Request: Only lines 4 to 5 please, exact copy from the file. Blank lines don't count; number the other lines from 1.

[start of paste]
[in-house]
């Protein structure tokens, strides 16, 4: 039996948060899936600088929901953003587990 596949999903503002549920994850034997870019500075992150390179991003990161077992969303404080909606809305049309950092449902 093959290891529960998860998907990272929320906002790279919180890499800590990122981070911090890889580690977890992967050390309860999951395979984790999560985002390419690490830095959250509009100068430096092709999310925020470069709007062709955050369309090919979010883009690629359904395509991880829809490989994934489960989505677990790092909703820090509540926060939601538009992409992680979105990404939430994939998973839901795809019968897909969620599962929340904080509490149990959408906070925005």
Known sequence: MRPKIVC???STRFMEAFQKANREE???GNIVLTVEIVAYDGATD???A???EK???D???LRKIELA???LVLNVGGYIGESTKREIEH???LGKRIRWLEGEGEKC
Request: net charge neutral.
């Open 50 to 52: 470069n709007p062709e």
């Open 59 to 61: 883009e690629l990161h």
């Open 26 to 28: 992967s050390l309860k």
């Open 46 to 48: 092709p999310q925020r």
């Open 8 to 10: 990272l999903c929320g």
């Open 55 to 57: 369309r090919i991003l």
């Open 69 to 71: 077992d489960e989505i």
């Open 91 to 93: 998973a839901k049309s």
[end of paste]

Request: net charge neutral.
């Open 50 to 52: 470069n709007p062709e």